The helmet is the primary means for providing head impact protection to adult and youth football players through use of energy absorbing (EA) materials placed in a crush zone located between the head and helmet shell. Ultimate safety performance of the helmet requires uniformly consistent, repeatable and reliable attenuation of the impact energy so as to minimize head injury potential throughout the helmet. However, quasi-static materials tests and dynamic helmet testing results, reported on herein, show that EA materials of current and older helmet designs are susceptible to large levels of EA degradation, or softening, when subjected to a “hot-wet” condition caused by high temperatures and high humidity, such as that produced from the sweat of a player. Depending on the size of the crush zone, and other factors, this condition can lead to increased head impact loads. The standard football helmet certification criteria do not address the issue of “hot-wet” EA degradation. Dynamic helmet testing analyzed in this study consisted of two methods. One method used the standard helmet certification approach where a human responding head form and helmet are dropped vertically, along a twin guide wire set-up, onto a soft rubber pad. The second method employed use of a human responding Hybrid-III head and neck that was incorporated into a free pendulum impact set-up where impact took place on a non-yielding surface and both direct contact impact injury potential and rotational injury aspects of the helmet performance were measured. The dynamic tests were conducted with various size head forms, energy levels, and impact speeds that ranged from the 5.5 m/s level, used in helmet certification, on up to higher speeds of 7.0 m/s that is more consistent with a “5-second 40-yard dash” speed. Based on equal kinetic energy impact comparisons, the two dynamic approaches showed that helmets that were impacted onto the soft elastomeric pad surface produced artificially lower indications of head injury severity than did the helmets tested against the non-yielding surface. The results also showed large variations and inconsistencies of impact attenuation within a specific helmet design, depending on impact location or region being tested. Also, dynamic impact testing was applied with both ambient and 3-hour “hot-wet” soak conditions applied to the EA padding of adult and youth helmets. These results showed that the relatively newer EA pad designs and the older type elastomeric foam EA pads were sensitive to “hot-wet” degradation for soak times as low as 3-hours, which is consistent with game or practice time situations. Finally, as noted above, it was shown that, depending on the size of the crush zone, this EA degradation factor could lead to increased head loads and injury severity measures. The results suggest the need for additional research on the above to enhance helmet safety.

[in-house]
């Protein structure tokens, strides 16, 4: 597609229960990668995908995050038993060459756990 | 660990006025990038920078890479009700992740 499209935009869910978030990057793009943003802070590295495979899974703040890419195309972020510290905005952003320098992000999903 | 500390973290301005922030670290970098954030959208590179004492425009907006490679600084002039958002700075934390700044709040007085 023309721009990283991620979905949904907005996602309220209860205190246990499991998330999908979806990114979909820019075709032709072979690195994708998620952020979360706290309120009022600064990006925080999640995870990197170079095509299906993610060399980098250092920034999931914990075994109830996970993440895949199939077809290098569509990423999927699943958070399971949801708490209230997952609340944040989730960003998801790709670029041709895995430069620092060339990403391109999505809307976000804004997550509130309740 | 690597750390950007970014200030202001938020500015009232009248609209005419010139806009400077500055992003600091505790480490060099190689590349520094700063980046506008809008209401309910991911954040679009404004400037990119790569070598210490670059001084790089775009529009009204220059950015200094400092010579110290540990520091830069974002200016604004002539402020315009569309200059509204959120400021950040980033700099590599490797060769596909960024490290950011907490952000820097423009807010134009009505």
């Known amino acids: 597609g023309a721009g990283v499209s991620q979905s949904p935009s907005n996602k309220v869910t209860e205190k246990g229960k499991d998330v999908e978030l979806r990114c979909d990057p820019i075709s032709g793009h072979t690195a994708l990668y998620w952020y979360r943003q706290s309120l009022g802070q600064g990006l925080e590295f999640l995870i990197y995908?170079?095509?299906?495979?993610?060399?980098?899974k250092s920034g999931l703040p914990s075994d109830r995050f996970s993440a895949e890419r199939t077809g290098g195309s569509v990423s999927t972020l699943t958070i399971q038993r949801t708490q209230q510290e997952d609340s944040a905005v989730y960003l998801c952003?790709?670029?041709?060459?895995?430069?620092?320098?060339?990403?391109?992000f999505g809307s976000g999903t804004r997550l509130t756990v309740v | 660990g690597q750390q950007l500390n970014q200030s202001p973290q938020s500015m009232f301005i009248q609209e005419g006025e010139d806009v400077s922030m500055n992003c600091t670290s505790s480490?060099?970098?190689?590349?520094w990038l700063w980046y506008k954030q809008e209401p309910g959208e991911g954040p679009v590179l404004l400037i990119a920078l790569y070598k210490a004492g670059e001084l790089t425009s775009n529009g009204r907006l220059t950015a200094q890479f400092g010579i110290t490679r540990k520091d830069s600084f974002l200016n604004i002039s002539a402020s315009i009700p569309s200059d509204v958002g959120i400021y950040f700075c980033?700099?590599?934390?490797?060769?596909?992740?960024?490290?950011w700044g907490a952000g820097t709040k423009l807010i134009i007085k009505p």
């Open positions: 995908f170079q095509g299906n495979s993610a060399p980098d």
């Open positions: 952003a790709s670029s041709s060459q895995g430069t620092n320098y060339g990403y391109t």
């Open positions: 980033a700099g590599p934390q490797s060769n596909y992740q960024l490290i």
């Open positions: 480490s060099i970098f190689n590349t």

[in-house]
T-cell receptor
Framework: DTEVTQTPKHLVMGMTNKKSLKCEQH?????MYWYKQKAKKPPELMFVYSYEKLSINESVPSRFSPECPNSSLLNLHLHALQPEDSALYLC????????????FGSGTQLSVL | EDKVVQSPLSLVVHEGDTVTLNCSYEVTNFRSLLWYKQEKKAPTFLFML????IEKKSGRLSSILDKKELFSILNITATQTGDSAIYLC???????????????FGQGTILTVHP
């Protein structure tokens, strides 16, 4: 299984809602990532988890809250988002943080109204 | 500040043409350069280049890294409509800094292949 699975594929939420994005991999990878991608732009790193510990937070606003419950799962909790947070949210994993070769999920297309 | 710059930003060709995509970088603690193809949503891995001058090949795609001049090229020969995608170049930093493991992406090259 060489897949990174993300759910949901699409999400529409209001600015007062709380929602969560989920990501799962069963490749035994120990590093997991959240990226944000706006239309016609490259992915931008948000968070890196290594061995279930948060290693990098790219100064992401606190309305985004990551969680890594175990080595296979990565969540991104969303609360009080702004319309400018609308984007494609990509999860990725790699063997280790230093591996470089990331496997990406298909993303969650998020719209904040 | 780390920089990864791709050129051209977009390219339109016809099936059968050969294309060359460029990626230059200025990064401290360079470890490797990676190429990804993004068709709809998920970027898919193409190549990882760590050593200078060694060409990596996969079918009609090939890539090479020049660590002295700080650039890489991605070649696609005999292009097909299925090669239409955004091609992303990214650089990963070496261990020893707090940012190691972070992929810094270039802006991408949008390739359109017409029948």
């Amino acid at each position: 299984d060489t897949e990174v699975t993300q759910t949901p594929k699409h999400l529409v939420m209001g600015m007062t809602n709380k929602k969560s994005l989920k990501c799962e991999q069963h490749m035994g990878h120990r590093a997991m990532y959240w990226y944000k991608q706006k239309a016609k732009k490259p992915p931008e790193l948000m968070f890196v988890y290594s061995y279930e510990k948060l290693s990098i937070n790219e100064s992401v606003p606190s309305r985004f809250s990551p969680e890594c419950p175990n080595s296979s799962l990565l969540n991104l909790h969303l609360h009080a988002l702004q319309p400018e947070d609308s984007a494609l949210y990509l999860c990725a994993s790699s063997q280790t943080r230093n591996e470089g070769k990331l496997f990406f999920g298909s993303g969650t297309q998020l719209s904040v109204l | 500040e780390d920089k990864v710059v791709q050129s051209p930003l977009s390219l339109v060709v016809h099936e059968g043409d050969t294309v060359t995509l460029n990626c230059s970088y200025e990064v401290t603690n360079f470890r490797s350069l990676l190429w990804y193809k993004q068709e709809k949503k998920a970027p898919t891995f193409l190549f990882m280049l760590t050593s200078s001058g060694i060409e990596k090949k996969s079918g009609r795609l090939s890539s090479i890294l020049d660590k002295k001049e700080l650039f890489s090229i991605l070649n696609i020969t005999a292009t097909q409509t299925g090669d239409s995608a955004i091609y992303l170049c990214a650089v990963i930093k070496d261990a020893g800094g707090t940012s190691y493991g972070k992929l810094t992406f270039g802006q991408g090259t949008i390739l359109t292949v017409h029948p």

This content is only available via PDF.
You do not currently have access to this content.